The Roosevelt Boulevard works well for no one. It is a 12-lane nightmare replete with crashes, gnarled with rush hour traffic and inadequate transit options in an era of growing ridership. But a plan for relief is taking shape.
Earlier this month the city was awarded a $2.5 million TIGER grant to develop real plans for bus rapid transit on Roosevelt Boulevard.
Think of bus rapid transit (BRT) as express bus service to serve Northeast Philadelphia’s half a million residents, with carefully chosen stops, dedicated travel lanes, and traffic signal priority to ensure efficiency.
“The TIGER Grant is going to go to a comprehensive planning study and allow us to move from planning into the project development process,” said Andrew Stober, Chief of Staff at the Mayor's Office of Transportation and Utilities. It will enable planners to take “a fresh look at 14 miles of 12 lanes that don’t work well for anybody who’s traveling on or trying to cross them.”
Currently there are about 150,000 individual trips per day on Roosevelt Boulevard, including 25,000 made on transit. From 2008-2012 there were 3468 crashes on the Boulevard leading to 49 fatalities. It’s clear that the Boulevard needs to change to become safer, and take smarter advantage of its 300-foot width.
Stober said the city has the opportunity to reconfigure Roosevelt Boulevard so it works better for all users. Such a reconfiguration would include a dedicated guideway for bus rapid transit, better management of local and through traffic, and significant pedestrian safety upgrades.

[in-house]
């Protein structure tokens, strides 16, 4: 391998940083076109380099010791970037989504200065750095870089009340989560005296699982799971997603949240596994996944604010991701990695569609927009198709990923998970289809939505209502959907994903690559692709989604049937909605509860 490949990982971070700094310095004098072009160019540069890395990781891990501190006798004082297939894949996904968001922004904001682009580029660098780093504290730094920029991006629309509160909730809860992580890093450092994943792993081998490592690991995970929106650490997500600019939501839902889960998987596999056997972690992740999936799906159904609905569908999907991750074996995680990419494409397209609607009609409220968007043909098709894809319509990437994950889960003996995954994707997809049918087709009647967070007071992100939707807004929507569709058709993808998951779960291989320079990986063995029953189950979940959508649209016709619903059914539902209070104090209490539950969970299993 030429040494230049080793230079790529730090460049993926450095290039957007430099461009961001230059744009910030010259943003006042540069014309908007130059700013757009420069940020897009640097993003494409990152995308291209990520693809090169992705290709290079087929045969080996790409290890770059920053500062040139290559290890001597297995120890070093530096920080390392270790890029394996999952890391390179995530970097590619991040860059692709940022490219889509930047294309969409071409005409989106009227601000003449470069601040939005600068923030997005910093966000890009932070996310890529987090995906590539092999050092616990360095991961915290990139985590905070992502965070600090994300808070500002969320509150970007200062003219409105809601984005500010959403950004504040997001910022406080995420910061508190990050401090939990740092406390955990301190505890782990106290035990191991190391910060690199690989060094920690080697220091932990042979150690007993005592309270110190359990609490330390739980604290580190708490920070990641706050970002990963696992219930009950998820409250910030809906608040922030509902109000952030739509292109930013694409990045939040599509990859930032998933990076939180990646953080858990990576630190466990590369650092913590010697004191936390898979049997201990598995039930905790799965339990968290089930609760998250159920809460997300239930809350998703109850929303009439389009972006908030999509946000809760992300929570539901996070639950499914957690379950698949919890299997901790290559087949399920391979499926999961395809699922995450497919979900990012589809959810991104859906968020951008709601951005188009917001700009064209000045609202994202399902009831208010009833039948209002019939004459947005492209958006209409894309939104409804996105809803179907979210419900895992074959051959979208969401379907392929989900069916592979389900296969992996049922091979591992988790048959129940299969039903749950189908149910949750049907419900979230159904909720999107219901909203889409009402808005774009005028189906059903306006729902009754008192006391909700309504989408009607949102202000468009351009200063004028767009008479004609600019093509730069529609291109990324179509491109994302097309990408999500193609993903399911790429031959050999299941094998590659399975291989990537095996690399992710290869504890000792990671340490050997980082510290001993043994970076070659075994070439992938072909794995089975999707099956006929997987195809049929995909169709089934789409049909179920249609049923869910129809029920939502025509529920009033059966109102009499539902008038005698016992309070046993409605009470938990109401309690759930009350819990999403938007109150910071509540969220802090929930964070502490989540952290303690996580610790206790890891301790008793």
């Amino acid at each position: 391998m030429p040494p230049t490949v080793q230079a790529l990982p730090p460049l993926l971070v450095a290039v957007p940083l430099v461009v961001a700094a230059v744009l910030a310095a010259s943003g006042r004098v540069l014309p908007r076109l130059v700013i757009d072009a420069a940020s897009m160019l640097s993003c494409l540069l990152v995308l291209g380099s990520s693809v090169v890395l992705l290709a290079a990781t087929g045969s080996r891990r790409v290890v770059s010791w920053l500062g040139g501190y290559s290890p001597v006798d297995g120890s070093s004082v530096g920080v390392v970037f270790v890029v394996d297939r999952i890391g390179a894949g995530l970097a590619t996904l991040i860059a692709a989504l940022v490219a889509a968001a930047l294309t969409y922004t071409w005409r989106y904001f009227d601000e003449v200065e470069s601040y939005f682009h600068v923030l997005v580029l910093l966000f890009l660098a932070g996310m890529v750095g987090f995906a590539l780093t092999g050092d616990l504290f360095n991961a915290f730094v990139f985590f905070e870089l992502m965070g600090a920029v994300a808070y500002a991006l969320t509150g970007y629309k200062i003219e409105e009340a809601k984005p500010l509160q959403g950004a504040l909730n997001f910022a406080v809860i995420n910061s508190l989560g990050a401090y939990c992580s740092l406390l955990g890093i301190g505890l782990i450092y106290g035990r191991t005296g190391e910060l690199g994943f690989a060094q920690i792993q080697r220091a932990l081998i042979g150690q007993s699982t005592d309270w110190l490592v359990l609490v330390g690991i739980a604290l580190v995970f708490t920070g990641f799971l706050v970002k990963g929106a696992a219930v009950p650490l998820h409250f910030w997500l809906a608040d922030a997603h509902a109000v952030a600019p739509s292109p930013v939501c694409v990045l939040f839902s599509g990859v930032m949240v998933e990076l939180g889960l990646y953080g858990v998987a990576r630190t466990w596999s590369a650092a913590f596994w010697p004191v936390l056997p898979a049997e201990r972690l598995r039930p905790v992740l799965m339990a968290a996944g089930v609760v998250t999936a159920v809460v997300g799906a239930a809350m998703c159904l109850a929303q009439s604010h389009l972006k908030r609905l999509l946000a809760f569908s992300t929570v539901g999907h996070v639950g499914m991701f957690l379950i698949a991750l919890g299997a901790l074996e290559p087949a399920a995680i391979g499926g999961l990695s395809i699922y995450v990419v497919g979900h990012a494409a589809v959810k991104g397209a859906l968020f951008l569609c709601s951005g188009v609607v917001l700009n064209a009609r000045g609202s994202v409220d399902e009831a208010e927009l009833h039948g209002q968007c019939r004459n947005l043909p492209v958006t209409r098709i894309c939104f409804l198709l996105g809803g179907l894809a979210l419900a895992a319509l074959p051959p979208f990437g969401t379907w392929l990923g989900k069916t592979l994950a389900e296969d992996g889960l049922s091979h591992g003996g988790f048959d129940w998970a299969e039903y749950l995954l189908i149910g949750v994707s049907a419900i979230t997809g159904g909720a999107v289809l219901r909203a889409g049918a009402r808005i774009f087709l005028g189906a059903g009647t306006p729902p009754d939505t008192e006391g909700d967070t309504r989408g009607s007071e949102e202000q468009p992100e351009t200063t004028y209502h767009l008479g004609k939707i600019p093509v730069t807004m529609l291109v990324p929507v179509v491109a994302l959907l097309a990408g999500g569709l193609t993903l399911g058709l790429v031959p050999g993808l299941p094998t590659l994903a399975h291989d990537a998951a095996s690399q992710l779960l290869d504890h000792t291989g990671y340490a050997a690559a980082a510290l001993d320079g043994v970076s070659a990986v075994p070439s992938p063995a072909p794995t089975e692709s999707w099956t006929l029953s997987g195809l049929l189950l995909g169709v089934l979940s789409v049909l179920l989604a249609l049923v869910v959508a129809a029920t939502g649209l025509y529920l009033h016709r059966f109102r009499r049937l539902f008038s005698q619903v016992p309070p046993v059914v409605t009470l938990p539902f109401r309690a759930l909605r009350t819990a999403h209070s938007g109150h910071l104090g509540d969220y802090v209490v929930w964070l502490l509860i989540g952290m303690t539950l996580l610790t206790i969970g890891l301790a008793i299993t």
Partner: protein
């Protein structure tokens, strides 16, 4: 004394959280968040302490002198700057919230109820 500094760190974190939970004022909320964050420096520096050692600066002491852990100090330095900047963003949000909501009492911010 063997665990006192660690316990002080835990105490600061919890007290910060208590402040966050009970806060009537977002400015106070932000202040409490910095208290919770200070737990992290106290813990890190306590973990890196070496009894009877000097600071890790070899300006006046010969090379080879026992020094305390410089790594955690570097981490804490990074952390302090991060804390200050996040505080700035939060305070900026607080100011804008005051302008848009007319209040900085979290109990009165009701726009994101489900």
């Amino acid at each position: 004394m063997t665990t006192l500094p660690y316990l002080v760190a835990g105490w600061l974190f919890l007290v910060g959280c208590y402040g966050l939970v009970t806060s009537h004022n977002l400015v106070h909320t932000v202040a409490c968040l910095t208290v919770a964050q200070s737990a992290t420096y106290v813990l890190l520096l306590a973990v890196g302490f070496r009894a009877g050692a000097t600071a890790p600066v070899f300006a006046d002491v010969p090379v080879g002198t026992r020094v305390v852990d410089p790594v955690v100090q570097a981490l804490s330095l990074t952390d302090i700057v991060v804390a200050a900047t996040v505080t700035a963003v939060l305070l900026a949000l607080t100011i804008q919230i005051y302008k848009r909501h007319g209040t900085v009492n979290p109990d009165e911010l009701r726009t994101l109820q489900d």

The best proxy for Boulevard BRT travel time, Stober said, is late-night service on the Route 14 bus, which moves 40% faster then than it does during rush hour. That improvement would be better for the existing transit riders, hopefully attract new riders, and thereby help drivers too.
After early study and an assessment of current funding realities, heavy cost options like fixed or elevated rail are not on the table. But planners, who have long wished for transit relief for the Boulevard, see bus rapid transit as a huge opportunity.
Stober said the grant will enable detailed planning supported by real technical and engineering feasibility analysis, and robust public outreach.
“We need to put together a package that could be funded… not a wish list or transportation fantasy,” said Stober.
Federal funding sources are the most likely to fund our eventual BRT line, but it’s also helpful that Act 89, the state’s new transportation funding source, places SEPTA on stronger footing to consider a BRT expansion. “We are in a much stronger position to be doing this study than we were just 12 months ago,” Stober said.
For now, transportation planners envision low-cost “Better Bus” upgrades to enhance pedestrian safety and make existing bus service more efficient. That will help in the near term but simple stuff like paint and signals only go so far. The Boulevard needs wholesale reconfiguration to improve connectivity, commute times, and safety.